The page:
Thailand and ASEAN Community

ASEAN community is the significant changing of Thailand both national and international level. These changes have affected ways of life, economic system, socio-cultural community, and cooperation between the state actors and non-state actors like civil society organization and private sectors. The Department of Local Administration has seen the important of these issues can shape our local society, and then we have created the information center on ASEAN for Thai bureaucracy and other mechanisms to use the database making contributions.
 
Before ASEAN, the countries of Southeast Asia had tried to establish a number of regional organizations to promote regional integration. These included, among others, the Southeast Asia Treaty Organization (SEATO) in 1954, the Association of Southeast Asia (ASA) in 1961 and MAPHILINDO, a group comprising Malaysia, the Philippines and Indonesia in 1963. All of them set out to strengthen relations between countries in the region and to promote cooperation in areas such as economics, science and culture.
 
In the beginning, Thailand joined Indonesia, Malaysia, the Philippines and Singapore in establishing the Association of Southeast Asian Nations (ASEAN), signing the Bangkok Declaration at the Ministry of Foreign Affairs in Thailand on 8 August 1967, at Laem Thaen, known as the “Spirit of Bangsaen”. ASEAN was conceived with an aim to promote peace and accelerate economic growth, social progress and cultural development in the region through joint endeavors in a spirit of equality and partnership. It evolved to become a main driving force for the region and later on expanded to include every country within the region. Brunei Darussalam then joined on 7 January 1984, Viet Nam on 28 July 1995, Lao PDR and Myanmar on 23 July 1997, and Cambodia on 30 April 1999, making up what is today the ten Member States of ASEAN.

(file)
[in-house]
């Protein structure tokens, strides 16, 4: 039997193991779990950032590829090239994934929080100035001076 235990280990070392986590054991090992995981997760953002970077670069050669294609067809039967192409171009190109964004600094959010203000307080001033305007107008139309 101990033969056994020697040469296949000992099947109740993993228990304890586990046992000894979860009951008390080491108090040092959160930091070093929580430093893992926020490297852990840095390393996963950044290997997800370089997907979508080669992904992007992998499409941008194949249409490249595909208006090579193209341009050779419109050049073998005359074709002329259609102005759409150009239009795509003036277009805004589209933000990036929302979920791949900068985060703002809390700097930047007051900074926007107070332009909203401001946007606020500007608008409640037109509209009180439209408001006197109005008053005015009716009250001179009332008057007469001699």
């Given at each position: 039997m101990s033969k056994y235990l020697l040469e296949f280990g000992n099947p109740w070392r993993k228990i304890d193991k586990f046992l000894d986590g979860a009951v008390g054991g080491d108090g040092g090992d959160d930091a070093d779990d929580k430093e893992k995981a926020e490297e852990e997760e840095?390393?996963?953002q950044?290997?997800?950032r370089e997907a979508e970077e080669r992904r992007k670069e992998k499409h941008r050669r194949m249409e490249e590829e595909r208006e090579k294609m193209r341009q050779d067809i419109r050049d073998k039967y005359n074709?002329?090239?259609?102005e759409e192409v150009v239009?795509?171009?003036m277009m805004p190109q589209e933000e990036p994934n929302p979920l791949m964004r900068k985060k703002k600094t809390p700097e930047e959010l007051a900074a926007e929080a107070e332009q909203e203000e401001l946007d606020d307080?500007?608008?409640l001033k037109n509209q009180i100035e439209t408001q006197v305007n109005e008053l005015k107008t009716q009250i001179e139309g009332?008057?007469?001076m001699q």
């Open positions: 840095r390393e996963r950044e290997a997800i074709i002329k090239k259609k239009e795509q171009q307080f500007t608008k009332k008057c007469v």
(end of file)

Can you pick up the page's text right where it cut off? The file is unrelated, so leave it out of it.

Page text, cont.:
The peace and stability that the Southeast Asian countries have been enjoying today to a large extent, largely due to ASEAN's role as a forum that promotes and fosters trust and confidence amongst its Member States. ASEAN has successfully maintained peace, stability and security in the region through the various frameworks and mechanisms, such as Zone of Peace, Freedom and Neutrality (ZOPFAN) (1971), Treaty of Amity and Cooperation in Southeast Asia (TAC) (1976), and Southeast Asian Nuclear‐Weapon‐Free Zone Treaty (SEANWFZ) (1995). To further enhance regional cooperation in political and security issues, the ASEAN Regional Forum (ARF) was established in 1994, which now comprises 27 participating countries including all major regional players. The ARF who serves as a forum for constructive dialogue and consultation to promote confidence‐building and preventive diplomacy in the region.
 
 
As set out in the ASEAN Declaration, the aims and purposes of ASEAN are:
1) To accelerate the economic growth, social progress and cultural development in the region through joint endeavors in the spirit of equality and partnership in order to strengthen the foundation for a prosperous and peaceful community of Southeast Asian Nations;
2) To promote regional peace and stability through abiding respect for justice and the rule of law in the relationship among countries of the region and adherence to the principles of the United Nations Charter;
3) To promote active collaboration and mutual assistance on matters of common interest in the economic, social, cultural, technical, scientific and administrative fields;
4) To provide assistance to each other in the form of training and research facilities in the educational, professional, technical and administrative spheres;
5) To collaborate more effectively for the greater utilization of their agriculture and industries, the expansion of their trade, including the study of the problems of international commodity trade, the improvement of their transportation and communications facilities and the raising of the living standards of their peoples;
6) To promote Southeast Asian studies; and